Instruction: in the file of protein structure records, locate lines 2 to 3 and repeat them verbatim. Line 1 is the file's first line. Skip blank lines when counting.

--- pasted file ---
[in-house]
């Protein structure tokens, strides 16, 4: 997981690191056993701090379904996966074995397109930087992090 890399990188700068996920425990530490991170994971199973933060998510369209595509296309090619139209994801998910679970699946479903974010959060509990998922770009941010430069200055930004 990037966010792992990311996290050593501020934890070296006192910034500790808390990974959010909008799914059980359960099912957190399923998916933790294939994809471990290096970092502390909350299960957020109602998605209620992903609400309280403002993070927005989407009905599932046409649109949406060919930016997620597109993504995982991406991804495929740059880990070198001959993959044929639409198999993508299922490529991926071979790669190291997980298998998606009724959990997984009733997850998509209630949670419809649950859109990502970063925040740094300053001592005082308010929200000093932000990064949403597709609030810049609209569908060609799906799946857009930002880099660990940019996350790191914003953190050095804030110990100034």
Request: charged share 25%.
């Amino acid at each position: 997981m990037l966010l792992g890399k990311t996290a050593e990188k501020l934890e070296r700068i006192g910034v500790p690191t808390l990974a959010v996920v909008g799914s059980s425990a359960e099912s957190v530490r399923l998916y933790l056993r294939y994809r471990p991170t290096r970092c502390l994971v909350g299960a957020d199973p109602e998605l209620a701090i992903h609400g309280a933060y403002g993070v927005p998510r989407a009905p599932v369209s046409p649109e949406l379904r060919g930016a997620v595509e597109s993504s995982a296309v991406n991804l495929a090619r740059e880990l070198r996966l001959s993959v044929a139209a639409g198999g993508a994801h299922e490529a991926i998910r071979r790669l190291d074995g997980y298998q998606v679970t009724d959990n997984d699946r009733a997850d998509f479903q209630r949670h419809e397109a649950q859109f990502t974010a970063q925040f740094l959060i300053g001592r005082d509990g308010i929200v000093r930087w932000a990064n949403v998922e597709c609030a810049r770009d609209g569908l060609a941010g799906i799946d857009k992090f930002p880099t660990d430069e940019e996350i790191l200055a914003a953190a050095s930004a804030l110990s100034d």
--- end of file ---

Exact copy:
């Protein structure tokens, strides 16, 4: 997981690191056993701090379904996966074995397109930087992090 890399990188700068996920425990530490991170994971199973933060998510369209595509296309090619139209994801998910679970699946479903974010959060509990998922770009941010430069200055930004 990037966010792992990311996290050593501020934890070296006192910034500790808390990974959010909008799914059980359960099912957190399923998916933790294939994809471990290096970092502390909350299960957020109602998605209620992903609400309280403002993070927005989407009905599932046409649109949406060919930016997620597109993504995982991406991804495929740059880990070198001959993959044929639409198999993508299922490529991926071979790669190291997980298998998606009724959990997984009733997850998509209630949670419809649950859109990502970063925040740094300053001592005082308010929200000093932000990064949403597709609030810049609209569908060609799906799946857009930002880099660990940019996350790191914003953190050095804030110990100034």
Request: charged share 25%.